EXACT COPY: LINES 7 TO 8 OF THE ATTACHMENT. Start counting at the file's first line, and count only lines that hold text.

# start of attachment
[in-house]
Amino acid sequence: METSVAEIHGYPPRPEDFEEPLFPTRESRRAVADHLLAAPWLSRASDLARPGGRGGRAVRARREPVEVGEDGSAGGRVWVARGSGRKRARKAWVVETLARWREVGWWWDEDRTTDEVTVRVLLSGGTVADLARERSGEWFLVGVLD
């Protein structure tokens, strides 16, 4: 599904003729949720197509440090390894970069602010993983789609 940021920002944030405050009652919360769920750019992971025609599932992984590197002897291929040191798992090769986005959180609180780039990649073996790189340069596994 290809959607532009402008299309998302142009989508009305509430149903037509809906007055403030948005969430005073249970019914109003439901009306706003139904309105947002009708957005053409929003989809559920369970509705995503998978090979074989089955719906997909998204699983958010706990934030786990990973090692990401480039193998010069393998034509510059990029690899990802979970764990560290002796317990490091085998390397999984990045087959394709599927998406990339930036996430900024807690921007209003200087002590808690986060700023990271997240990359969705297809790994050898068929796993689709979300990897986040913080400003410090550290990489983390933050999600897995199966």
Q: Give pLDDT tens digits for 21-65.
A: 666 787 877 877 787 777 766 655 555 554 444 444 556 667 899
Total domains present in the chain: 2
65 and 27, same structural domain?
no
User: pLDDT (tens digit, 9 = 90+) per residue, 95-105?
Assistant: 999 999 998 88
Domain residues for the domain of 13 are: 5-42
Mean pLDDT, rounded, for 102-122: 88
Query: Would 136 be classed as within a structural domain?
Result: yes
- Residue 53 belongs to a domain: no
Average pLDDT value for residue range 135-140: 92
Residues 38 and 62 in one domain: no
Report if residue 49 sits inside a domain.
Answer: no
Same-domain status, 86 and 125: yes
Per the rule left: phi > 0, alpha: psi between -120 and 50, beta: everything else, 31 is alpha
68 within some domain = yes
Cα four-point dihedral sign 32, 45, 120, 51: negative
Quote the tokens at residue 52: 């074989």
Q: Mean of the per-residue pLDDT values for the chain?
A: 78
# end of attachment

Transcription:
65 and 27, same structural domain?
no